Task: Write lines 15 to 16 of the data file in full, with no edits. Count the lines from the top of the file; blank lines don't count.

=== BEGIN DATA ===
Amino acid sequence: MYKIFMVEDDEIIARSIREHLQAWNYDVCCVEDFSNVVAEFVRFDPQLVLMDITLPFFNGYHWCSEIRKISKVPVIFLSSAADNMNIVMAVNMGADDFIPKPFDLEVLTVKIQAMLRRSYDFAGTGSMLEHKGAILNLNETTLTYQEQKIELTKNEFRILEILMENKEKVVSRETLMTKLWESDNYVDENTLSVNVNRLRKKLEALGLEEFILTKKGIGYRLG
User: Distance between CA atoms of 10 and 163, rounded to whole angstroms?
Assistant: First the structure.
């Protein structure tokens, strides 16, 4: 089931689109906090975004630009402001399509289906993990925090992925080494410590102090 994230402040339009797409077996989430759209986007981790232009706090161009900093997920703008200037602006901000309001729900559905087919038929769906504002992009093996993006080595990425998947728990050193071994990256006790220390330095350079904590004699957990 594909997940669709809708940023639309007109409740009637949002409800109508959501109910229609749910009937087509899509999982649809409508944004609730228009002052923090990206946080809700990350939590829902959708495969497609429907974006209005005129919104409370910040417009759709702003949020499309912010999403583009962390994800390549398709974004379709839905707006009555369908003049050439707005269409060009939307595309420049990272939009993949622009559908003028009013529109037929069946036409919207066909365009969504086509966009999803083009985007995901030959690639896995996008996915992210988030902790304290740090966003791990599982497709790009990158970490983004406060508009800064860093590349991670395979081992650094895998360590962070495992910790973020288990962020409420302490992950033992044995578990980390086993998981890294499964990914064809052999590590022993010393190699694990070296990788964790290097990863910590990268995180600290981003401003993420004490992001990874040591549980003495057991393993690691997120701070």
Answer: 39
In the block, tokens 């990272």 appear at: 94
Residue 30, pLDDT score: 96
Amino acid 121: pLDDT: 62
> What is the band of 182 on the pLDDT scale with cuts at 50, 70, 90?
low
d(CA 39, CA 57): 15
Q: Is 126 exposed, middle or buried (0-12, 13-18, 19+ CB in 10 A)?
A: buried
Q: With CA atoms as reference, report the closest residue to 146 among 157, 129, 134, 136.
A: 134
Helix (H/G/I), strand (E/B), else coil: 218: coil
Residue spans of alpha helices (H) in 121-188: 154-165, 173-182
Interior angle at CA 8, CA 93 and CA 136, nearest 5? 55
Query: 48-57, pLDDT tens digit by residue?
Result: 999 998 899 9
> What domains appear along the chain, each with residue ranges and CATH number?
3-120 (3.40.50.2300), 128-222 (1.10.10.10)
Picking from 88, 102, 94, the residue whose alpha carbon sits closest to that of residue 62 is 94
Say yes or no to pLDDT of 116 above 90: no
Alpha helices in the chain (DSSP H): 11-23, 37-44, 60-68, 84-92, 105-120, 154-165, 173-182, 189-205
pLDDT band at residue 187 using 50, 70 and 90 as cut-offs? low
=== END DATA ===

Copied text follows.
A: 134
Helix (H/G/I), strand (E/B), else coil: 218: coil